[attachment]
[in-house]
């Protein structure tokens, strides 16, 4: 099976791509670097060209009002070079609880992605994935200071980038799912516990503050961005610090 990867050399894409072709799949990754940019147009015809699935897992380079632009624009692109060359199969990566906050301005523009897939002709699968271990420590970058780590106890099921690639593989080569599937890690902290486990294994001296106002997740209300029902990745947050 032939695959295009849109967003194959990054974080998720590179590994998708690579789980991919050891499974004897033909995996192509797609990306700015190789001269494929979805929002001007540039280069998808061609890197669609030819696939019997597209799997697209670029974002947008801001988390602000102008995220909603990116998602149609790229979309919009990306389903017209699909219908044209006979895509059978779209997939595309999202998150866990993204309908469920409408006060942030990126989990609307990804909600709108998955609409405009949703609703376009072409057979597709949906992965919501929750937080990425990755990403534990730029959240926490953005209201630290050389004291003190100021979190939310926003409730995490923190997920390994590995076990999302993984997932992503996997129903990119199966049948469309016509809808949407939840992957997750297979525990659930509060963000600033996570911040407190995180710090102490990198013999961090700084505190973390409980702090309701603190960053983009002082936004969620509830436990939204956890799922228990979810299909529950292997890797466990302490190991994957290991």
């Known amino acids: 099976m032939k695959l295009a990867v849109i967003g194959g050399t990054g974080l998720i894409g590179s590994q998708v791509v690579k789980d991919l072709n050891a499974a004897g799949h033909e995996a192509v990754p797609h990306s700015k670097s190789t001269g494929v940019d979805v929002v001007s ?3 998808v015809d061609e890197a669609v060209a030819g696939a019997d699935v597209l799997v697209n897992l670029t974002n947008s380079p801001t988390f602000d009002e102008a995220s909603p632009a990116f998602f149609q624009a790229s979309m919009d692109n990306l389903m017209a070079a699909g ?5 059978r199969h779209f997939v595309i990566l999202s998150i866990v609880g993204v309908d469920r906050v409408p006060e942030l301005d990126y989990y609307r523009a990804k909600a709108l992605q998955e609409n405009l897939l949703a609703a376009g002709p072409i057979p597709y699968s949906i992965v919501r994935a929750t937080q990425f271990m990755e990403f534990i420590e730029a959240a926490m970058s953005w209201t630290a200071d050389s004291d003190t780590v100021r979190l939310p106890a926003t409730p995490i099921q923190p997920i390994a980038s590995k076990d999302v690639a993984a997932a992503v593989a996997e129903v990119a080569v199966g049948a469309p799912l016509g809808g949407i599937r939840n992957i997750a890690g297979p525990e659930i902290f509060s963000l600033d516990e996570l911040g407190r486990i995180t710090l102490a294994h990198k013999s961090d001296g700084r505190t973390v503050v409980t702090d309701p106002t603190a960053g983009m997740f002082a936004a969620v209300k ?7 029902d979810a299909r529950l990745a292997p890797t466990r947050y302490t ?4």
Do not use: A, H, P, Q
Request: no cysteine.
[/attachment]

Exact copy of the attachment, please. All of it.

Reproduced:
[in-house]
């Protein structure tokens, strides 16, 4: 099976791509670097060209009002070079609880992605994935200071980038799912516990503050961005610090 990867050399894409072709799949990754940019147009015809699935897992380079632009624009692109060359199969990566906050301005523009897939002709699968271990420590970058780590106890099921690639593989080569599937890690902290486990294994001296106002997740209300029902990745947050 032939695959295009849109967003194959990054974080998720590179590994998708690579789980991919050891499974004897033909995996192509797609990306700015190789001269494929979805929002001007540039280069998808061609890197669609030819696939019997597209799997697209670029974002947008801001988390602000102008995220909603990116998602149609790229979309919009990306389903017209699909219908044209006979895509059978779209997939595309999202998150866990993204309908469920409408006060942030990126989990609307990804909600709108998955609409405009949703609703376009072409057979597709949906992965919501929750937080990425990755990403534990730029959240926490953005209201630290050389004291003190100021979190939310926003409730995490923190997920390994590995076990999302993984997932992503996997129903990119199966049948469309016509809808949407939840992957997750297979525990659930509060963000600033996570911040407190995180710090102490990198013999961090700084505190973390409980702090309701603190960053983009002082936004969620509830436990939204956890799922228990979810299909529950292997890797466990302490190991994957290991």
């Known amino acids: 099976m032939k695959l295009a990867v849109i967003g194959g050399t990054g974080l998720i894409g590179s590994q998708v791509v690579k789980d991919l072709n050891a499974a004897g799949h033909e995996a192509v990754p797609h990306s700015k670097s190789t001269g494929v940019d979805v929002v001007s ?3 998808v015809d061609e890197a669609v060209a030819g696939a019997d699935v597209l799997v697209n897992l670029t974002n947008s380079p801001t988390f602000d009002e102008a995220s909603p632009a990116f998602f149609q624009a790229s979309m919009d692109n990306l389903m017209a070079a699909g ?5 059978r199969h779209f997939v595309i990566l999202s998150i866990v609880g993204v309908d469920r906050v409408p006060e942030l301005d990126y989990y609307r523009a990804k909600a709108l992605q998955e609409n405009l897939l949703a609703a376009g002709p072409i057979p597709y699968s949906i992965v919501r994935a929750t937080q990425f271990m990755e990403f534990i420590e730029a959240a926490m970058s953005w209201t630290a200071d050389s004291d003190t780590v100021r979190l939310p106890a926003t409730p995490i099921q923190p997920i390994a980038s590995k076990d999302v690639a993984a997932a992503v593989a996997e129903v990119a080569v199966g049948a469309p799912l016509g809808g949407i599937r939840n992957i997750a890690g297979p525990e659930i902290f509060s963000l600033d516990e996570l911040g407190r486990i995180t710090l102490a294994h990198k013999s961090d001296g700084r505190t973390v503050v409980t702090d309701p106002t603190a960053g983009m997740f002082a936004a969620v209300k ?7 029902d979810a299909r529950l990745a292997p890797t466990r947050y302490t ?4």
Do not use: A, H, P, Q
Request: no cysteine.